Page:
- Interpret a Type I error and a Type II error in context. Give a consequence of each error in a given setting.
**NOTE: This lesson can be moved to the day before the Lesson 9.3 power lesson without any disruption. We tried this with students and it worked quite well. **
|Quick Lesson Plan||Time|
|Debrief Activity||10 minutes|
|Big Ideas||5 minutes|
|Check Your Understanding||15 minutes|
Activity: Should Rockford Switch to Bottled Water?
This Activity is based on a real event that happened in a town close to the high school where TheStatsMedics teach. Many of our students were aware of the water pollution and this made the lesson relevant for students.
Experience First, Formalize Later
In this Activity, students get to grapple with the potential consequences of using significance tests to make decisions, but without all the formal vocabulary. In the debrief, we formalize the learning by introducing the language of Type 1 and Type 2 errors and also showing them this table:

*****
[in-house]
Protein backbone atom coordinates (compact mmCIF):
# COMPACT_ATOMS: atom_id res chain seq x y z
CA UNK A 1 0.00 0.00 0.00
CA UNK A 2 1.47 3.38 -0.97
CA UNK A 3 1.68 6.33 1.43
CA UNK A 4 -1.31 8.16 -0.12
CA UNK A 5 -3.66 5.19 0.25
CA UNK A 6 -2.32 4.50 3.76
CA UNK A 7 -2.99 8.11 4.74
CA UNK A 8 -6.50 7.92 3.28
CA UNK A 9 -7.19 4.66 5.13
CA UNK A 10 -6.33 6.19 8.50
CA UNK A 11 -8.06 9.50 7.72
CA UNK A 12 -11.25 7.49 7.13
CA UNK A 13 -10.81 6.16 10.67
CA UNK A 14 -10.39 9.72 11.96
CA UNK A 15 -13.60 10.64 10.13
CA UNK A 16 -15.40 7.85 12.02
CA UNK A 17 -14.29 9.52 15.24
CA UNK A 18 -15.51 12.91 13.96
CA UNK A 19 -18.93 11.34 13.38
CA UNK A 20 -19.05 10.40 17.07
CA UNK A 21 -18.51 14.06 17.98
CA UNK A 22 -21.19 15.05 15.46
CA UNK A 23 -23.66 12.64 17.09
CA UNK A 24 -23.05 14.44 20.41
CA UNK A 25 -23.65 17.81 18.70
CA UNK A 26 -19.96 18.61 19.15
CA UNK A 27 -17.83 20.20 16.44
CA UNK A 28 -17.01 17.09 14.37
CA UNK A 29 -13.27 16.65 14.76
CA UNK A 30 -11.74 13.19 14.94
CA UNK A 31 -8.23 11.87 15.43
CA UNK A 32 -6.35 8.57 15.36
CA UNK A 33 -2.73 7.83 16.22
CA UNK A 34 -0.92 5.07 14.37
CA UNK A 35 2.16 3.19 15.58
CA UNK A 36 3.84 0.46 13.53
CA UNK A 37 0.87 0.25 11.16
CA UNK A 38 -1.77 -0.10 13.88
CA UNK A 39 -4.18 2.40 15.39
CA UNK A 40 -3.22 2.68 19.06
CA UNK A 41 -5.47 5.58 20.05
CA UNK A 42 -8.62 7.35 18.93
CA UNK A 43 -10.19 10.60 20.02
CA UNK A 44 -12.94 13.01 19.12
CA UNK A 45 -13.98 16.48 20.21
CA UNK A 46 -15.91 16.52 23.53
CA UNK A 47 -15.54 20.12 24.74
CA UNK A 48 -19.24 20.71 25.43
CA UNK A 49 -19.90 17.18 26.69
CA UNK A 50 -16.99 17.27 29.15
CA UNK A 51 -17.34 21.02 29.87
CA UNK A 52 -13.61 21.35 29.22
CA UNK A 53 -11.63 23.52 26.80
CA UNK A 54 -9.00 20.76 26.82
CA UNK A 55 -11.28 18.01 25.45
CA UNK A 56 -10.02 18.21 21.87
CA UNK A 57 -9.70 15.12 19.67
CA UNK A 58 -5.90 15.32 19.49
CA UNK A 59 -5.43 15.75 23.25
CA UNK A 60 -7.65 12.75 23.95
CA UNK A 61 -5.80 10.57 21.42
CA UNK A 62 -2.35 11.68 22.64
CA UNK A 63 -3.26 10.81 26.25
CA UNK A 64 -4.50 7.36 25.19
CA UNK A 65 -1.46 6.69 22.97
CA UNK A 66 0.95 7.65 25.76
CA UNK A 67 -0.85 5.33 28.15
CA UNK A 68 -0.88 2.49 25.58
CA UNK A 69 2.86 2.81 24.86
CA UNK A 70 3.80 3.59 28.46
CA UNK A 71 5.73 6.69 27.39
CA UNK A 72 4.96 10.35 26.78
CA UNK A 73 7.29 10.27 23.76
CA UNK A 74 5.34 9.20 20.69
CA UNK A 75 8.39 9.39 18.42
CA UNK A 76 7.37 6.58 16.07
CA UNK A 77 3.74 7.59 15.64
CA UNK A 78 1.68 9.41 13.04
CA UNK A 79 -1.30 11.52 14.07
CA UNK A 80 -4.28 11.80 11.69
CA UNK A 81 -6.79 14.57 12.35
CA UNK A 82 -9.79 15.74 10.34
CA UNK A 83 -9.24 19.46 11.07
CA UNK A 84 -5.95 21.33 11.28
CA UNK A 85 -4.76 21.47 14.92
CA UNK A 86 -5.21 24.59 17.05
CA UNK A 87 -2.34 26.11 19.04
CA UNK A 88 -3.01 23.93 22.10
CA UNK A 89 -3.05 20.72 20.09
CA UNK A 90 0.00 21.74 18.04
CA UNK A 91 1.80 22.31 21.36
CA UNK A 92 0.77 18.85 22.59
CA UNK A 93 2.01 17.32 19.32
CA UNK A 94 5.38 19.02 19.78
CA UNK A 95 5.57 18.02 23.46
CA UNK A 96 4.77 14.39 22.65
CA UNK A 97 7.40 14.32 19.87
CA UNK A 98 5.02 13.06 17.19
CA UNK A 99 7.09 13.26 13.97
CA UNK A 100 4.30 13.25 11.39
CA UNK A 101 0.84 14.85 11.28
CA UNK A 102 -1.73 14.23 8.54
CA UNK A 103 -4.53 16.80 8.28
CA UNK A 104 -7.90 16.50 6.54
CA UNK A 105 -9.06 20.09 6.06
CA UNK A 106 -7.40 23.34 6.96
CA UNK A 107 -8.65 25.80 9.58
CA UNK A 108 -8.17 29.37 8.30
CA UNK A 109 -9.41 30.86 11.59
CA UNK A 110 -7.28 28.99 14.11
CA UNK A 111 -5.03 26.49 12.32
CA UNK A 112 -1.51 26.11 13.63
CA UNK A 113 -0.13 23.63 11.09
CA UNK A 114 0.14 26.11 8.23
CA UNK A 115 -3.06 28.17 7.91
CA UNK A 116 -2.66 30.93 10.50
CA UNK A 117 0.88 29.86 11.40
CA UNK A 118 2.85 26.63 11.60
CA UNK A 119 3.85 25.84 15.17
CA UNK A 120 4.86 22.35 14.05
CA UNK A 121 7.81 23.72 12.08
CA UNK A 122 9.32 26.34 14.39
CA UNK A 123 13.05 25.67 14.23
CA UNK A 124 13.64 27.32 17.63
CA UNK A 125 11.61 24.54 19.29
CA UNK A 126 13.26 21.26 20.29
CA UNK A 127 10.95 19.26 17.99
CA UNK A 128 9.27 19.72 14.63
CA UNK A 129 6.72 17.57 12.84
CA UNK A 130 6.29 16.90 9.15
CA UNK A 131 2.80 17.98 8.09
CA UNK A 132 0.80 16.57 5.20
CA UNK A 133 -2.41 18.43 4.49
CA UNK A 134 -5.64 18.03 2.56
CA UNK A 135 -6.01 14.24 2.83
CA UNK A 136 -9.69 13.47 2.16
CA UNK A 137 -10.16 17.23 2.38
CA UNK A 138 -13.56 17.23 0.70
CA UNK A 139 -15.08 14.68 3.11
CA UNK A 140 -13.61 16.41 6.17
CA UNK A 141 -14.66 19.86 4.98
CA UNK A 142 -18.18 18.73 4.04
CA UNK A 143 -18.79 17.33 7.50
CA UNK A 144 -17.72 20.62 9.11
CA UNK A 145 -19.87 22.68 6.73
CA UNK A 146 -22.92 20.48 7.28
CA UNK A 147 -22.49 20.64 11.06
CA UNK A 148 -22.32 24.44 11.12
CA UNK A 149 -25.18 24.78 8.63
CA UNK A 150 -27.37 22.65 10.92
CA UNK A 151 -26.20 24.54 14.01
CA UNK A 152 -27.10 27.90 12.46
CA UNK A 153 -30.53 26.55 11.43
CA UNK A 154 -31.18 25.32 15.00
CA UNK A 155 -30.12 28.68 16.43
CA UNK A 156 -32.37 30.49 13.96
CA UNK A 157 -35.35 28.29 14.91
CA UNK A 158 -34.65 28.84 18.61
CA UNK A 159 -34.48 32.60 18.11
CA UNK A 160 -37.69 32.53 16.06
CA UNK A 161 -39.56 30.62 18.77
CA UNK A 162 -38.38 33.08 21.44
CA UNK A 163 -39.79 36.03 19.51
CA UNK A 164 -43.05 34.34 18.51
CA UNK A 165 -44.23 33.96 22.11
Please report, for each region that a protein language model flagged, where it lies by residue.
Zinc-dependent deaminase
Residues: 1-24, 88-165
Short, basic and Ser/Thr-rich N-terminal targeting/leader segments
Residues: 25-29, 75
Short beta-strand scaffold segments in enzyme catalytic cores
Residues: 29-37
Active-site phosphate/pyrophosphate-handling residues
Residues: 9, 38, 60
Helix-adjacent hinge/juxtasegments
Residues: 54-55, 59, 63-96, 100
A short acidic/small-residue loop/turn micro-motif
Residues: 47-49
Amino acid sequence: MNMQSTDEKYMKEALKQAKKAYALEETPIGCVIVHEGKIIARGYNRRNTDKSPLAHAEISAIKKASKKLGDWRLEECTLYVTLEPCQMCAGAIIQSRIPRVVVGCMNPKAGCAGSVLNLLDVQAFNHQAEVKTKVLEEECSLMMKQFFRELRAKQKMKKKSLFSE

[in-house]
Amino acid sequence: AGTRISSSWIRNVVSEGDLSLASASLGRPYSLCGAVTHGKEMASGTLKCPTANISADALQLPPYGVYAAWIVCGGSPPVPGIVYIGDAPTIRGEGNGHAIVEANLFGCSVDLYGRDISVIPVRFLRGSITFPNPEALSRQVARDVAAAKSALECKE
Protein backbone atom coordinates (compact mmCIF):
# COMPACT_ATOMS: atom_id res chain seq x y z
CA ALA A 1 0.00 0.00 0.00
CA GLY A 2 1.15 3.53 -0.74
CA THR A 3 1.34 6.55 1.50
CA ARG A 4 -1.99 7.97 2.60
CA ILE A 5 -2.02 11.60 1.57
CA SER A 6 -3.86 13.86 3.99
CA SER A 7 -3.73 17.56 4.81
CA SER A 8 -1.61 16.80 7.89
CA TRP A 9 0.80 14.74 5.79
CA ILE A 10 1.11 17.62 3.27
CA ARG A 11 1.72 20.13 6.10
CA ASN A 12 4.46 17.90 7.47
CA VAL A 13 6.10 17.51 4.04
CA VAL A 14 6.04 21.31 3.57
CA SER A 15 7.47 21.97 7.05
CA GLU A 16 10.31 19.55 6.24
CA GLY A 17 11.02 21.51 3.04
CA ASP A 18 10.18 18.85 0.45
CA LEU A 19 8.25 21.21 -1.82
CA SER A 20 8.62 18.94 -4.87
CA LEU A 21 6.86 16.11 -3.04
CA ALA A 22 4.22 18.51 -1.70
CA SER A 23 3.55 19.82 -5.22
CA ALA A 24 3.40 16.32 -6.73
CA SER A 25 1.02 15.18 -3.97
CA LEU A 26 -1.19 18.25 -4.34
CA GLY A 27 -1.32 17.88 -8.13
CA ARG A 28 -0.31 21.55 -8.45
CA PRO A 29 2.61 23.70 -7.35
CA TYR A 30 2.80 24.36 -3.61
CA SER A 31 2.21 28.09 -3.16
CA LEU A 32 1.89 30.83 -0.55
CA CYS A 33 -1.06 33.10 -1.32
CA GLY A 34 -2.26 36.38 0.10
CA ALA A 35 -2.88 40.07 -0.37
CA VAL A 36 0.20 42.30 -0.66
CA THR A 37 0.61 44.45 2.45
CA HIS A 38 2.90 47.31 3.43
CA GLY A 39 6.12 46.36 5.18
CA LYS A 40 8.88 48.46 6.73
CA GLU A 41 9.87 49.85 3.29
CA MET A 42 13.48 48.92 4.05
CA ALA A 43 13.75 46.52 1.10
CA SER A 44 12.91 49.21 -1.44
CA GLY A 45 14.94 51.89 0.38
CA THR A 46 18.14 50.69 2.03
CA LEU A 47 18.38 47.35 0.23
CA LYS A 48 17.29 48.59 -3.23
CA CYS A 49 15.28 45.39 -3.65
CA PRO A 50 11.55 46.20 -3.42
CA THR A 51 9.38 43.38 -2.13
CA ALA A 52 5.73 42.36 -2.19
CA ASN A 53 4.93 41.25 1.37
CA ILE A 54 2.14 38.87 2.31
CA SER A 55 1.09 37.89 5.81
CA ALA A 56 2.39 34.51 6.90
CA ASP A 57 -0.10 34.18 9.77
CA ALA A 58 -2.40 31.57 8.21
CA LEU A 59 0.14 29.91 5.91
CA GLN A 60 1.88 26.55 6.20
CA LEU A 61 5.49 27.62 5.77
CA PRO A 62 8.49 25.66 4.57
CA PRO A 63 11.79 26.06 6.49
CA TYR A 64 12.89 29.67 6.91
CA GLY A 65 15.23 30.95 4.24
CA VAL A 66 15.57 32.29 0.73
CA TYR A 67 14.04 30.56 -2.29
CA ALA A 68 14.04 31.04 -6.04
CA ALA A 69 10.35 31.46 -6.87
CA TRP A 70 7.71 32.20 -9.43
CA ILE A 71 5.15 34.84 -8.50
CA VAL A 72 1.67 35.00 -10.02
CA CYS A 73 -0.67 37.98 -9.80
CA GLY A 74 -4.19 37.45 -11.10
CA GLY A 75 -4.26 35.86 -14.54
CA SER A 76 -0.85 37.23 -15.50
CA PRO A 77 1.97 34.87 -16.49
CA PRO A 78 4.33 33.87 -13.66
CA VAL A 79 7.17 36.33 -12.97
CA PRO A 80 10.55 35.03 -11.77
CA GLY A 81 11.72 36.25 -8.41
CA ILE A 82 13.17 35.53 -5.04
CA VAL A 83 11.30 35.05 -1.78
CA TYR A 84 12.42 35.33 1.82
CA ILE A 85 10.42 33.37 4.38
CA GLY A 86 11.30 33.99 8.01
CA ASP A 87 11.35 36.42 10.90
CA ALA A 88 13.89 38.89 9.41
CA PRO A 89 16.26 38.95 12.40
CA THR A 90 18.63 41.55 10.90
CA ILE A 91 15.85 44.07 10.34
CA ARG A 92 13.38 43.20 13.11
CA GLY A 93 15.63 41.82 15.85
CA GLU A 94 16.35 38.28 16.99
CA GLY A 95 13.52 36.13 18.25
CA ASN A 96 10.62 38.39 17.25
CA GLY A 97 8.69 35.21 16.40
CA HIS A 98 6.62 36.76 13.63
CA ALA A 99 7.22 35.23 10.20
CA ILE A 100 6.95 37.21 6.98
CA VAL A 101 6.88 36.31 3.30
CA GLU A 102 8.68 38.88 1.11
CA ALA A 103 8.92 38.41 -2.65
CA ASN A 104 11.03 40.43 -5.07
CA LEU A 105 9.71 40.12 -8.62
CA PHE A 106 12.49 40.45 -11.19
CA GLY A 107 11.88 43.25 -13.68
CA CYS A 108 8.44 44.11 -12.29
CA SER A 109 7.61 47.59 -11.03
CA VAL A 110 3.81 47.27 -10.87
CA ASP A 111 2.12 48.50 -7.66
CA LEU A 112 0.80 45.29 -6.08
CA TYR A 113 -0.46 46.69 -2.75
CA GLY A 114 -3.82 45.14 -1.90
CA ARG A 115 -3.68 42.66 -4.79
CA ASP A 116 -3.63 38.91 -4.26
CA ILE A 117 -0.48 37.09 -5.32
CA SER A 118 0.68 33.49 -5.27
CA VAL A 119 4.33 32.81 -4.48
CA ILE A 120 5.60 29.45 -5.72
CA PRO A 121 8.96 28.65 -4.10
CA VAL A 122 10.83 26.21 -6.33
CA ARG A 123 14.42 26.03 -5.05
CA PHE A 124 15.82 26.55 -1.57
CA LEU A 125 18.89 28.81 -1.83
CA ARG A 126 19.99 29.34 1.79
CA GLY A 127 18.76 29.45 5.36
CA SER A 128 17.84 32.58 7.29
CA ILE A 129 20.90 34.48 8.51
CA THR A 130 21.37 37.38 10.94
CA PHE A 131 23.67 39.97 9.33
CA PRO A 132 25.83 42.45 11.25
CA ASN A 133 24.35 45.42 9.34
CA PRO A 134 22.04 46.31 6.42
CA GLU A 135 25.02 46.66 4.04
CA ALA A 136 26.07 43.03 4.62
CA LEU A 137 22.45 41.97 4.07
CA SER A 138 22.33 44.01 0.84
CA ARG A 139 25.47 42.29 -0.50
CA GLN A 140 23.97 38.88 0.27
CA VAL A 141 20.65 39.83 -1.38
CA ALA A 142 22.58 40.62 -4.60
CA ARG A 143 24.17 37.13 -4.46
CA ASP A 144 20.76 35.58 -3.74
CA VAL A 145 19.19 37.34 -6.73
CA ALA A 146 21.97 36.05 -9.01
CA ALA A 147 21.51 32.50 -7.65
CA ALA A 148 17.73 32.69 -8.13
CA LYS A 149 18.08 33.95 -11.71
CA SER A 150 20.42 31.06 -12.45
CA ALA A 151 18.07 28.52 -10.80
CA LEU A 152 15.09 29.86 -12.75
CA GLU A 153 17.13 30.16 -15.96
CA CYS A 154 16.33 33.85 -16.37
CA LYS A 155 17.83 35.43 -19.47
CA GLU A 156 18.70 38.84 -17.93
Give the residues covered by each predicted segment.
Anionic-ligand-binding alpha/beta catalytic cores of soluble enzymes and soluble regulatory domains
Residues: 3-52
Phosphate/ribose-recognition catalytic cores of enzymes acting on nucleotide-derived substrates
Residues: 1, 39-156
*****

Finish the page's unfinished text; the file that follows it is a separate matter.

As a preview of what will come later in Lesson 9.3, you can inform students that the “Correct conclusion” in the top right corner of this table is the power of the significance test. Students always ask what we call the “Correct conclusion” in the lower left of the chart. We tell them that this is the agility of the test (yes, we made this up).
Joint Probability or Conditional Probability
When we start talking about the probability of making a Type 1 or Type 2 error (and later power), it is important to clarify a common misconception. These probabilities are NOT joint probabilities, they are CONDITIONAL probabilities.
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